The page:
• The person’s annual income increased because the person got a job or a raise while receiving welfare (TANF) benefits. A person who started earning more money within six months of getting off welfare would also be eligible. A person would even be eligible if he or she were off welfare, but had still received some kind of cash benefits, child care, or other kinds of help (except food stamps/SNAP and Medicaid) during any part of the six months before getting a raise or a job. The only other requirement is that the person had to receive a total of at least $500 in welfare or other benefits. (For example, two monthly checks of $322 would be enough because the total is more than $500.)

How the EID Works

The rent that public housing tenants or voucher holders usually have to pay is based on their income. If their income goes up, the rent goes up. But tenants who are eligible for the EID will not have to pay some rent increases. For up to a year or two, some of the extra money they earn each month will not be counted when rent increases are figured out. All of the extra family income earned at work will not be counted for 12 months. And half of any extra family income earned at work will not be counted for another 12 months.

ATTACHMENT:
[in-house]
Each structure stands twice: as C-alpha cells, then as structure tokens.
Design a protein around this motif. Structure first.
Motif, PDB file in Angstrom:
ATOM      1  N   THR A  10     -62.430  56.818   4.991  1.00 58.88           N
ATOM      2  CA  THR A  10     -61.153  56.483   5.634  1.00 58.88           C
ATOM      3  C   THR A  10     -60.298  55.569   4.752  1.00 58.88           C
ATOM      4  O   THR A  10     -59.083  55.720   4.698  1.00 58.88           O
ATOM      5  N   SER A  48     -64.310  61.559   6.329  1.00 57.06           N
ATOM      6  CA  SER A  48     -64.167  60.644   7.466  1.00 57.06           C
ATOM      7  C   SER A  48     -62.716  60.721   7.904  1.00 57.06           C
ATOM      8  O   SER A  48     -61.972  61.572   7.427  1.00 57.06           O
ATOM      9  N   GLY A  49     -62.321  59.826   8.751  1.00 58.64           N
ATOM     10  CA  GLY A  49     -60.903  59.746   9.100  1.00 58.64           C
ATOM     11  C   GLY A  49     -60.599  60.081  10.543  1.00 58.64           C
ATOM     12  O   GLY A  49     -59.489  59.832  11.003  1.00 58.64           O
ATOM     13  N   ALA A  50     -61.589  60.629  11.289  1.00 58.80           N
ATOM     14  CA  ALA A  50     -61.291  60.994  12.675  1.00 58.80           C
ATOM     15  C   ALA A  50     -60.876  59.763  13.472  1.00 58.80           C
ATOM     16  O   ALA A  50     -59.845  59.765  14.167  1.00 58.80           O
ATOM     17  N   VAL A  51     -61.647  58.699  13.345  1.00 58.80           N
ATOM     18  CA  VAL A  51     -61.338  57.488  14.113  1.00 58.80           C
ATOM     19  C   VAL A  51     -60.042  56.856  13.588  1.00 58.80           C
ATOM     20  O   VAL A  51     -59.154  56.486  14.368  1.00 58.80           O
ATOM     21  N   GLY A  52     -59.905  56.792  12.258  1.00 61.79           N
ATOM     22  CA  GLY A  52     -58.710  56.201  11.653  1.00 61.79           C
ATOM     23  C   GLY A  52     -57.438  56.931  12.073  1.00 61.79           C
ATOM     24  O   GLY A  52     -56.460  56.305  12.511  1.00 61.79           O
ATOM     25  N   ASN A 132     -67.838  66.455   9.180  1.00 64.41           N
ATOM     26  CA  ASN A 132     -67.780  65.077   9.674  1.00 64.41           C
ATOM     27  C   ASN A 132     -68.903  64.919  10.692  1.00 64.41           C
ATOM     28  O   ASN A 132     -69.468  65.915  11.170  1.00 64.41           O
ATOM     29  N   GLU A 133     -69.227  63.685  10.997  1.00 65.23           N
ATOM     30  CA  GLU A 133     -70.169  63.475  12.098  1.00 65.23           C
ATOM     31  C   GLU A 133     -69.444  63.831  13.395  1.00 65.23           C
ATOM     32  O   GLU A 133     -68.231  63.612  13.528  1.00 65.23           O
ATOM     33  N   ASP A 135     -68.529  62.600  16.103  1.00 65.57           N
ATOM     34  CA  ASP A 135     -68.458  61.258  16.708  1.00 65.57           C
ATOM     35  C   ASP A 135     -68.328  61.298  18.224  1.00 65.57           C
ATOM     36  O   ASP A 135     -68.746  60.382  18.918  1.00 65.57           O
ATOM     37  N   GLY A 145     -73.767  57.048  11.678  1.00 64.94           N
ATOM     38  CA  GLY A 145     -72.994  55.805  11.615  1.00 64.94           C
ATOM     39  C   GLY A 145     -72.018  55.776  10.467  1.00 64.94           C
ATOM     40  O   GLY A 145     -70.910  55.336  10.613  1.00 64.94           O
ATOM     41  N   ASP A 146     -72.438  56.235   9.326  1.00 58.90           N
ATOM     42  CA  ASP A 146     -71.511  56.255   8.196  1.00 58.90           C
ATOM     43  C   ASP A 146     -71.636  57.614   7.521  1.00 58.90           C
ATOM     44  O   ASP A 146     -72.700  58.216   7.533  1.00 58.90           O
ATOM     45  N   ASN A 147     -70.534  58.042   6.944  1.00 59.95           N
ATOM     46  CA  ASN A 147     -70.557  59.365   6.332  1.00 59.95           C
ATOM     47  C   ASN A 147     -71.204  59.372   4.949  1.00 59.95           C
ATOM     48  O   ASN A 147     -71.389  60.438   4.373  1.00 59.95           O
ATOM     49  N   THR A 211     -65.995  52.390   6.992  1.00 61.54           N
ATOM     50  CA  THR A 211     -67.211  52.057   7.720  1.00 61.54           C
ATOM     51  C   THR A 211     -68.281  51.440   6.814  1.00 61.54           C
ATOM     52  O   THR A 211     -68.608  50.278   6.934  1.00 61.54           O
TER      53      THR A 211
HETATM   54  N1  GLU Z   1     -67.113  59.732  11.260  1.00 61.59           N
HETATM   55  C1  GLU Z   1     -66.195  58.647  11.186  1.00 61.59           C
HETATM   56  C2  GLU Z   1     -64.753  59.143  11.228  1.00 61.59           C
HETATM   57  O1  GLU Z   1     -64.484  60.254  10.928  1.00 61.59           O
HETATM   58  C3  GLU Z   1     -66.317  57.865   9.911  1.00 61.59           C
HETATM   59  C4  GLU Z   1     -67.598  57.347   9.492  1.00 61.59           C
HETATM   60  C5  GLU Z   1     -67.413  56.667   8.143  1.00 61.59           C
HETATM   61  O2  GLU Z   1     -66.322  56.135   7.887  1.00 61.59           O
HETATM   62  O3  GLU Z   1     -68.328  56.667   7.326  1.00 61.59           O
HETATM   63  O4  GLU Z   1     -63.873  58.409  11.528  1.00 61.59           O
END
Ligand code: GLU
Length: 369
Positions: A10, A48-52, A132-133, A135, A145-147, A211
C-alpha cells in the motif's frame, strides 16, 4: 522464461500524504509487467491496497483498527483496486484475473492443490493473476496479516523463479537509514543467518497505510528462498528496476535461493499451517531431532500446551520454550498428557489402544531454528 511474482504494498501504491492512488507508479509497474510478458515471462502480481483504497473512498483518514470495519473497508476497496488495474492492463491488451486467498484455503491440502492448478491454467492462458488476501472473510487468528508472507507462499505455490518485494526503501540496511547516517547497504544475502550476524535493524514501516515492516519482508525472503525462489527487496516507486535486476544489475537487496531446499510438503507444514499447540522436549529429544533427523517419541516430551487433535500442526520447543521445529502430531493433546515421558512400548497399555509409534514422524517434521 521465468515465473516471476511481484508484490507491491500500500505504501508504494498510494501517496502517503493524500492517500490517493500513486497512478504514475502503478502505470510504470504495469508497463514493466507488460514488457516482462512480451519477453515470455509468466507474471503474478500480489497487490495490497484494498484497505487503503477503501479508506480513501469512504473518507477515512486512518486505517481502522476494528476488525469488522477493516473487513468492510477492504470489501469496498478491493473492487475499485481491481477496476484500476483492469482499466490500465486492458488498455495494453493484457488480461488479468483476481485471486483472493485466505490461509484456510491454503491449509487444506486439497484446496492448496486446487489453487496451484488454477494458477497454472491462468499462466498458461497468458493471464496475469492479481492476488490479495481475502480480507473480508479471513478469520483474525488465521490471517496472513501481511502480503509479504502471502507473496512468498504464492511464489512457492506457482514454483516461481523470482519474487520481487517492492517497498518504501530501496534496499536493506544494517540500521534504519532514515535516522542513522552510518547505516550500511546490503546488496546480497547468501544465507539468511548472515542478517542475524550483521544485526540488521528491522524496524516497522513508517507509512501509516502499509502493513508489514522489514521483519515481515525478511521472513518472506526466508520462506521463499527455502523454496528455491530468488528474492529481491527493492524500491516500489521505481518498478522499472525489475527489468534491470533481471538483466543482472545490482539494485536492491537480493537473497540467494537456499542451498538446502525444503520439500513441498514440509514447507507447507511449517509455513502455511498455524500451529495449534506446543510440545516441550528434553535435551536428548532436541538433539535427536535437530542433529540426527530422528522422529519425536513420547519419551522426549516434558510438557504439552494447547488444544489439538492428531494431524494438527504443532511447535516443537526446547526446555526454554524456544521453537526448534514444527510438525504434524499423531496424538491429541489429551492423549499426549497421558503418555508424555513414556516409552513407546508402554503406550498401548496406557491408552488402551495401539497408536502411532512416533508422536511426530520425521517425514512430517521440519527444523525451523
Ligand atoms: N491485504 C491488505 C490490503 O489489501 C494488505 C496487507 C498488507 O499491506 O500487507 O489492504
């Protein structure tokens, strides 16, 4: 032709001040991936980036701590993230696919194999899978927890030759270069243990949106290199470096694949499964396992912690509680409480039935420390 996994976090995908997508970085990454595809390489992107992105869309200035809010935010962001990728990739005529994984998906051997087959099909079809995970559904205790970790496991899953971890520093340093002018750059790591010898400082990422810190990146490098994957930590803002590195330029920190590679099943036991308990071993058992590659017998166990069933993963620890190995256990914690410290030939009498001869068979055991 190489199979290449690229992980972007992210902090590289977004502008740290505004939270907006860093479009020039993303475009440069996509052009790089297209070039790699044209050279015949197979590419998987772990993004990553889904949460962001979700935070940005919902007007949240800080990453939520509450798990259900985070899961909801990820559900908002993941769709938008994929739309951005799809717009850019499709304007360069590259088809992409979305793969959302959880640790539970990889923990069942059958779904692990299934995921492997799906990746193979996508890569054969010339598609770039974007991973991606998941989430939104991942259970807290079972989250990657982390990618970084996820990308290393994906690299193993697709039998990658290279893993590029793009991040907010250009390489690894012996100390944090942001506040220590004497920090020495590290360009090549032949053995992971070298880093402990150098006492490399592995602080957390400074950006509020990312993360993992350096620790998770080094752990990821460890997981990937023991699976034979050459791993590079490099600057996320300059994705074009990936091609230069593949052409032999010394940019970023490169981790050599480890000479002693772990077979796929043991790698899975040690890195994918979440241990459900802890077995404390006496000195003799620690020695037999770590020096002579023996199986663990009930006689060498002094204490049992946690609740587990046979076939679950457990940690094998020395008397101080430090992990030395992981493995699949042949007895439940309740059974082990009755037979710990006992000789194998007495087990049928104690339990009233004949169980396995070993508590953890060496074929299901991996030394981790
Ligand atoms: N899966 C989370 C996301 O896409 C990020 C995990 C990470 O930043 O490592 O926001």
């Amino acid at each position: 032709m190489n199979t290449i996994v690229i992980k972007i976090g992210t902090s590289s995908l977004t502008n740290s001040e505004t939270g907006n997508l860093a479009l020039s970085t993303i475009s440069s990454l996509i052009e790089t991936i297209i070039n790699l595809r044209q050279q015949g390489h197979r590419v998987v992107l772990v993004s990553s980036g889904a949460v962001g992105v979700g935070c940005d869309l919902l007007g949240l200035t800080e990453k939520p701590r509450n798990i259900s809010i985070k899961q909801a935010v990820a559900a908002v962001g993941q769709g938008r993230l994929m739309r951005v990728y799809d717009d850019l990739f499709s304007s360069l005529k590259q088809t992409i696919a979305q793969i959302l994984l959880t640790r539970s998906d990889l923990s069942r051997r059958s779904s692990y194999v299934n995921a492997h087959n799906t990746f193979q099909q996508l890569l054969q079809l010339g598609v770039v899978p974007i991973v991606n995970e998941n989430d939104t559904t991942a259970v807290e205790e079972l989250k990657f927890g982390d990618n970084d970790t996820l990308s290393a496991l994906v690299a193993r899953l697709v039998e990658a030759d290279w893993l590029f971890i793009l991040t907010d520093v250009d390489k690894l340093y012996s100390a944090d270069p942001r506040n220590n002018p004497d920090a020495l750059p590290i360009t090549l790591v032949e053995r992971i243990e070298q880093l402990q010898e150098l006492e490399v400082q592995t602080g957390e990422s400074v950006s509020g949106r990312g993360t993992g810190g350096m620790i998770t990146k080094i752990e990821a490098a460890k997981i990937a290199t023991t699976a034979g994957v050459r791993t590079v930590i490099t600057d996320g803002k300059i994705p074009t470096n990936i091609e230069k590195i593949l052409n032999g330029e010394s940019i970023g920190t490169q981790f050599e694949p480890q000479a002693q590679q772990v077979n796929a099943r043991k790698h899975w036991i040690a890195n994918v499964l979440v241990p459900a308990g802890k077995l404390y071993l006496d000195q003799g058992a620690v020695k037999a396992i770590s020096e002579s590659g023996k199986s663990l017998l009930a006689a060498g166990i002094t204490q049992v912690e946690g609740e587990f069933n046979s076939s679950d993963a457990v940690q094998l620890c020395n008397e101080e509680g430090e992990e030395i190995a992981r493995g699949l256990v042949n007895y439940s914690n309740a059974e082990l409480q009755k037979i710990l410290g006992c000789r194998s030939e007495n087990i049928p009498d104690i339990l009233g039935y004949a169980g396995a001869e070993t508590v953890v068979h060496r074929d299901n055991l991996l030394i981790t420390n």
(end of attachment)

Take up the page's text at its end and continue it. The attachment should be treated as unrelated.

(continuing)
Every person over 18 years old who lives in the apartment is eligible for the EID. This means that the extra earnings of several family members could be covered by the EID at the same time or at different times over a period of months or years, depending upon when they made the extra money.

And the person does not have to work for 12 months or 24 months straight to get the full benefit for the EID. Only the months with extra earnings are counted toward the 24-month total. Months when the person is unemployed do not count. (The rent should go down in those months because the person’s income has gone down.) But the EID program does have one time limit. If a person does not use all 24 months of EID benefits within four years after the first month they start getting it, the unused months will be lost. The clock begins to run with the first month the rent would have been increased without the EID.